Archive for May, 2006

Dr Cullen’s surplus projections

May 31st, 2006 at 2:59 pm by David Farrar

I’ve blogged in the past how the Treasury projections of future surpluses have consistently been much less than the actual surpluses – the actual surplus often being twice as large as the projected surplus.

Now it’s a bit unfair to call this a Treasury problem I’ve decided. Why? Because Dr Cullen in recent years has been sticking huge numbers in as “provisions for future initiatives” and by use of this provision you can make the projected surplus be anything at all you want. With a stroke of the pen a $6 billion projected surplus can be reduced to $4.5 billion by allowing just an extra $500 million a year “provision”.

Let me explain. You are projecting for the next three years after the current one. Now the provisions work like this:

Year 1 $500 million
Year 2 = $500 million from Year 1 + additional $500 million = $1billion
Year 3 = $1 billion from Year 2 + additional $500 million = $1.5 billion

So by adding in an extra $500 million a year provision, you knock $1.5 billion off the Year Three surplus.

Now since 1997 it has been common practice to have this provision. It recognises that every year you may have demands for increased expenditure such as wage increases, or some new initiatives. Known initiatives will generally be included in the vote for that portfolio.

In the late 1990s, the average provision was around $600 million. And Dr Cullen for the first couple of years had sensible provisions of $470 million, $480 million, $550 million and $315 million etc etc.

But then in 2004 the provisions started growing like topsy, just at the same time as the surpluses were growing to a degree people weer calling for tax cuts.

In 2004, the provisions for the next three years was $978m, $926m and $1463m.

In 2005 they were $1249m, $1757m and $1845m.

And finally in 2006 they were $1416m, $1868m, and $1913 million.

Now these are cumulative, so year by year the provision is:

07/08 $1,416m
08/09 $3,284m
09/10 $5,197m

So that is almost $10b of “provisions”. And that number is not worked out by Treasury scientifically. It is not based on known demand. It is a policy decision by the Minister of Finance. He gets to decide what number to put in, and by doing so he can move the projected surpluses up or down by billions of dollars.

So when Dr Cullen refers to future surpluses showing tax cuts are unaffordable, remember that he has almost $10b of unallocated provisions in there, with no rationale for them being at that level.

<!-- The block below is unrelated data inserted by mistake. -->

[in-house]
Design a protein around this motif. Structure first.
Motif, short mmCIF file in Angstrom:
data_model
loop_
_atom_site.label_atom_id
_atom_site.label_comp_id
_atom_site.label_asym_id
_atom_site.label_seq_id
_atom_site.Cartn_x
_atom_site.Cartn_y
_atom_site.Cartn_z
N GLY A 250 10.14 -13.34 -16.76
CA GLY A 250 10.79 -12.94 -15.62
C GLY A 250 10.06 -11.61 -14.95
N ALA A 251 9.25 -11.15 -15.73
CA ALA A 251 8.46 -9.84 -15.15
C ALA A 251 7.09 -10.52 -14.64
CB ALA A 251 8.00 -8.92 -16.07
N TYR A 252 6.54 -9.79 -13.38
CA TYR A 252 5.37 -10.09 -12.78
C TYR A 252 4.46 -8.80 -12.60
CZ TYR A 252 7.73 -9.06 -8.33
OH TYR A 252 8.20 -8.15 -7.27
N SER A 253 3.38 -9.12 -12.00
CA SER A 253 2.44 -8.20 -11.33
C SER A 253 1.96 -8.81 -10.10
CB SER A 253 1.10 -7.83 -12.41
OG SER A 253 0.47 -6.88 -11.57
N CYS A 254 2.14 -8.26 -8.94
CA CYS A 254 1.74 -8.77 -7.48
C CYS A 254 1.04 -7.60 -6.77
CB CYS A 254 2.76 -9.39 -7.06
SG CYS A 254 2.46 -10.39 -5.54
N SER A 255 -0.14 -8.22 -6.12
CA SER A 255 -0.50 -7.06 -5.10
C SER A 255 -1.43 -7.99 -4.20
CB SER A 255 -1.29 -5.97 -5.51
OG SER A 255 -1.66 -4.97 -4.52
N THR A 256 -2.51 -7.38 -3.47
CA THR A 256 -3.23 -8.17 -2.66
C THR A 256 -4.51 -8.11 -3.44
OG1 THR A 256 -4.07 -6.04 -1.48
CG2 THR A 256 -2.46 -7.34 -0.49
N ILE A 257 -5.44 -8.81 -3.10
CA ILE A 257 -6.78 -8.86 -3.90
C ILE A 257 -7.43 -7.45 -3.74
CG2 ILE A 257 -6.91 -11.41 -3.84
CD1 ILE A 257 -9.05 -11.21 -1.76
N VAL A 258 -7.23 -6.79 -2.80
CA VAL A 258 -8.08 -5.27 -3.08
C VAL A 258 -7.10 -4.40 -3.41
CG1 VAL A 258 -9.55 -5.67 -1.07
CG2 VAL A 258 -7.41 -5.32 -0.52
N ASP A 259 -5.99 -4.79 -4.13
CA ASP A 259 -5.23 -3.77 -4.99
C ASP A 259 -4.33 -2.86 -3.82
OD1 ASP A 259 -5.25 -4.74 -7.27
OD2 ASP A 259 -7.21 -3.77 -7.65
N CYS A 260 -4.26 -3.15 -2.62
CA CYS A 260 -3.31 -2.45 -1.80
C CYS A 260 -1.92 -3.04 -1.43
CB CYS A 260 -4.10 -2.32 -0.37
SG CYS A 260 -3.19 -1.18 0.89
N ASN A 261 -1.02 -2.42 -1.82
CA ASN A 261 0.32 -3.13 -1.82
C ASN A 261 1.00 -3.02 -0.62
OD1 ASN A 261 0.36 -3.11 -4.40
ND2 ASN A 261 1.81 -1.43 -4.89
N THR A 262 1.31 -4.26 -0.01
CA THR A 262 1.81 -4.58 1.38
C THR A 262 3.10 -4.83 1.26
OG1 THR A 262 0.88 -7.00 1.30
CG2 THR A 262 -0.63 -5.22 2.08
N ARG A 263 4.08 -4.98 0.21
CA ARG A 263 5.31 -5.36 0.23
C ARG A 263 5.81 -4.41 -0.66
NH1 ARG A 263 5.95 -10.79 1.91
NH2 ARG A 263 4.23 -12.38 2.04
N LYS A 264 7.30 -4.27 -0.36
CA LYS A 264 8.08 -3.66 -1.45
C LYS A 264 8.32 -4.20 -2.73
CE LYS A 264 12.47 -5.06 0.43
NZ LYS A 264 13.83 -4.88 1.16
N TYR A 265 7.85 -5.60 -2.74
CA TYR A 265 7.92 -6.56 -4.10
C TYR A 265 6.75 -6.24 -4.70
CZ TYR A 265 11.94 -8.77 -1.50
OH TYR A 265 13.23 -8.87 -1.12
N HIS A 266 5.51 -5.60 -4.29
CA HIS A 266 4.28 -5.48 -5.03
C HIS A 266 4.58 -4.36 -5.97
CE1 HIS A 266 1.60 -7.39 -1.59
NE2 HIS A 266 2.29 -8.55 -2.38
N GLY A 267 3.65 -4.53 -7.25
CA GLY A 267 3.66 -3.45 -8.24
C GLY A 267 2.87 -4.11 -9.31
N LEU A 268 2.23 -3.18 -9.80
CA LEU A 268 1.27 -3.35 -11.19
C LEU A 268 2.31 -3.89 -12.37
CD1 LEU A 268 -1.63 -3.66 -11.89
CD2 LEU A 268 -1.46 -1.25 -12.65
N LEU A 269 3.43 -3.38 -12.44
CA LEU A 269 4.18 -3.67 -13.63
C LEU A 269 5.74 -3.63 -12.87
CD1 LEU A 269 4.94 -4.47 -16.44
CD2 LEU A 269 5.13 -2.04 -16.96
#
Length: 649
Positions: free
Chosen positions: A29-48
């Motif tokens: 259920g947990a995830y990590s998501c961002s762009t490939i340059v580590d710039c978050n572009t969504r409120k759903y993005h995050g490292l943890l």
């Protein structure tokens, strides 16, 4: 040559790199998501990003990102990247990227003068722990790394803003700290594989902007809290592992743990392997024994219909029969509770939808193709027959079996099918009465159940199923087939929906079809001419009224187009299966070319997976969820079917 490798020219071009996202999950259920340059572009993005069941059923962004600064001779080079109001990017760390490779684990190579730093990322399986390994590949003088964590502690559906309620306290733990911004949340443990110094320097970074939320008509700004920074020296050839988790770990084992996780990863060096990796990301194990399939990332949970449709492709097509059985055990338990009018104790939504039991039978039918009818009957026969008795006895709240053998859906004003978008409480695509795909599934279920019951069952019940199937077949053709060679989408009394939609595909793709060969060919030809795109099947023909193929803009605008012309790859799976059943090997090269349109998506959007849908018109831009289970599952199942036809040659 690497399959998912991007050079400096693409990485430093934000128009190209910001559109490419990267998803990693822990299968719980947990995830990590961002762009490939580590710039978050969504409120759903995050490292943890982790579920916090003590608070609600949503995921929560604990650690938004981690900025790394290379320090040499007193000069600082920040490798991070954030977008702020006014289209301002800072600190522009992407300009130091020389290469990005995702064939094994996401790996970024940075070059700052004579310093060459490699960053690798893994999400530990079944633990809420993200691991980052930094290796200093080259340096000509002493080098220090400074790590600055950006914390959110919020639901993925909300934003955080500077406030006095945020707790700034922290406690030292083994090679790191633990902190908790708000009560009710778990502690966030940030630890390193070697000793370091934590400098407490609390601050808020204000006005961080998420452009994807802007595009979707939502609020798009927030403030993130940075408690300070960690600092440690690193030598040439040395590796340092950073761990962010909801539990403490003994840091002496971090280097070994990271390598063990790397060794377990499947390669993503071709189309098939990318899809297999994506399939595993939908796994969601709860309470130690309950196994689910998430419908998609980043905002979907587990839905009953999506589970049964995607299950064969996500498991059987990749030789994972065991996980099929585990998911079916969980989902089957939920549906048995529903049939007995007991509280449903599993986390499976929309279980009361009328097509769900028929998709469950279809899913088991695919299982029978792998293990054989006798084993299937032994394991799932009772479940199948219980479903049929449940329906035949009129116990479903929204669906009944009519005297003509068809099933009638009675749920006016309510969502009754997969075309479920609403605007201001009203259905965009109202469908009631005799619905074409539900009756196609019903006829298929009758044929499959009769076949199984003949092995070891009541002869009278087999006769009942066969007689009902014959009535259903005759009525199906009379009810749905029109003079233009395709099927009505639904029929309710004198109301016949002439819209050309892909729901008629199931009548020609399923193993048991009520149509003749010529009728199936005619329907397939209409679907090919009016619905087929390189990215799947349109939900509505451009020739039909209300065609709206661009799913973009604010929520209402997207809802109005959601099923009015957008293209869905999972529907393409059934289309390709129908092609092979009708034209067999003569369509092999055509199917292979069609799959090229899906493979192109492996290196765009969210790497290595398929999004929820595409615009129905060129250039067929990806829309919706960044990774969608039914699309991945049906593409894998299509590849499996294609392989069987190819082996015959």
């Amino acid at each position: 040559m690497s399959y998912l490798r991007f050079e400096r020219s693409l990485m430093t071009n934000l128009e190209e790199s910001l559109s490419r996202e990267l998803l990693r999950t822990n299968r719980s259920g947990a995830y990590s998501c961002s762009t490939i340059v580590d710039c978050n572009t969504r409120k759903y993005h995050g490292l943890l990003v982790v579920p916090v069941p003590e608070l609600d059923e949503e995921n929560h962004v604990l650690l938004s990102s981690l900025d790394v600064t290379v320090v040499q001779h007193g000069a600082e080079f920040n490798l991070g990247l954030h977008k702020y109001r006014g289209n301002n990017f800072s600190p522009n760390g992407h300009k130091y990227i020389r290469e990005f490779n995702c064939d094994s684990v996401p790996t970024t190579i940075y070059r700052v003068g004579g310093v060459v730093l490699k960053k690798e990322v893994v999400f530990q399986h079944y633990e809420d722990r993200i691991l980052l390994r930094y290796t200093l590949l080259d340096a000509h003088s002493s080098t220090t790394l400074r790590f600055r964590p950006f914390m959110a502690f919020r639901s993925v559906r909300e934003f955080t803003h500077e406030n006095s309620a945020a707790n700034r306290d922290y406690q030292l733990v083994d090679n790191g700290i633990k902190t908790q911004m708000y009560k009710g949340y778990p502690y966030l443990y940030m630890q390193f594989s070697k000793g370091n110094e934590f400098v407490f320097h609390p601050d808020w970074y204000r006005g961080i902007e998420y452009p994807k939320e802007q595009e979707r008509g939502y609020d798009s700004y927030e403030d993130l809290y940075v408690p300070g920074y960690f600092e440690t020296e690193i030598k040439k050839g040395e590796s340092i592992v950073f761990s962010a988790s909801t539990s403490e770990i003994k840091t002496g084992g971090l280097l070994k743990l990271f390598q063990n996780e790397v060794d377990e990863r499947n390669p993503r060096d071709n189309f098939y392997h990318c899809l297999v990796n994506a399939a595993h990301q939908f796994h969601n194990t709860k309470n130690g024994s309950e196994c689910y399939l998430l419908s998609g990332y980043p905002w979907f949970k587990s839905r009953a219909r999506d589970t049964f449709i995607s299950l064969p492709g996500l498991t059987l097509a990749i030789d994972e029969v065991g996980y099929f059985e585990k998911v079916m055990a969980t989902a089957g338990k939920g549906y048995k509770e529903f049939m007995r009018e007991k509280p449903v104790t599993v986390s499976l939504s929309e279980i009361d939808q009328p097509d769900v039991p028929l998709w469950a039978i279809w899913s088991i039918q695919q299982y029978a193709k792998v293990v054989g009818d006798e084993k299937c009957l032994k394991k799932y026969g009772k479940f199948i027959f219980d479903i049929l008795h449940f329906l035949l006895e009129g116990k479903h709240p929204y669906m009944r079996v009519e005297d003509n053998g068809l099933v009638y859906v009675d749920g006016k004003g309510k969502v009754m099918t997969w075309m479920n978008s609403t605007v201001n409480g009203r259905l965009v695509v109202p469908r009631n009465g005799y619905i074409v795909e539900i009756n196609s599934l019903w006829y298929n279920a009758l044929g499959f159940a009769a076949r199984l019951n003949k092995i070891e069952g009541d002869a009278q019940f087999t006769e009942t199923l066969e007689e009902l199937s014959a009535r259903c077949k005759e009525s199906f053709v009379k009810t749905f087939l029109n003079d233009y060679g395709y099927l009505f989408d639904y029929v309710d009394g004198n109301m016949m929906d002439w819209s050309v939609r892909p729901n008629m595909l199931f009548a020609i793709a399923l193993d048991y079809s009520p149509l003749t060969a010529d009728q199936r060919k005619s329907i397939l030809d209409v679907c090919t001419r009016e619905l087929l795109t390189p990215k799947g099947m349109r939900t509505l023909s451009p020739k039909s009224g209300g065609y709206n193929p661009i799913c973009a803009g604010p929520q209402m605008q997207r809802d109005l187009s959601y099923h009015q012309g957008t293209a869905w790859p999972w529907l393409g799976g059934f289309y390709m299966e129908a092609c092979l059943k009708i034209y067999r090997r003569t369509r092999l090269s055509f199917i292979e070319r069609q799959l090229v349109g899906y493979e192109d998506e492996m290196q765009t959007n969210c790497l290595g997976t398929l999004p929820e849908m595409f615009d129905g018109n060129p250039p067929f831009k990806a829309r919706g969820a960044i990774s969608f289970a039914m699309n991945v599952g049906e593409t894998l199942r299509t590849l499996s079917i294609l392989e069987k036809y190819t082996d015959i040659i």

No tag for this post.

Death of Professor Lloyd

May 31st, 2006 at 2:25 pm by David Farrar

The death of Professor David Lloyd brings back memories of what was called the Poisoned Professor trial.

Personally I don’t think there is too much of a mystery behind his “mystety illness” despite the trial result. I recall quipping at the time that Vicki Calder may have got off, but I bet you she won’t be getting any dates for a while 🙂

Mike Moore on Globalisation

May 31st, 2006 at 2:10 pm by David Farrar

A good speech by former WTO Head Mike Moore to La Trobe University. Some key points:

* growth of freedom and information was also helping consumers demand more from their governments and businesses.

* there has never been a period in the history of our species where we’ve seen freedoms and living standards rise so consistently for most people

*China has undergone huge advances in freedoms of ordinary citizens

* opponents of free trade were effectively arguing to keep the poorest nations of the world in poverty

* the $12 billion the Un wants to fight AIDS, equates to just 12 days of subsidies paid by rich nations to their protected farmers

* open markets means that cosy, crony capitalists with businesses purchasing privileges from politicians against the interests of workers and consumers, doesn’t work

Port Douglas

May 31st, 2006 at 9:48 am by David Farrar

I’m off to Port Douglas for a holiday at the end of June. Any suggestions for activities from people who have stayed there? I’ve been to Cairns before so have been to the rainforest (will probably visit it again) and some diving or snorkelling on the great barrier reef is mandatory of course.

Green co-leader

May 31st, 2006 at 9:09 am by David Farrar

Well we are in the last few days of the contest for co-leader of the Green Party, who has a Y chromosome. Incidentally do they test the candidates for eligibility or just take their word for it?

I watched the four candidates on Agenda, as Joe Hendren did.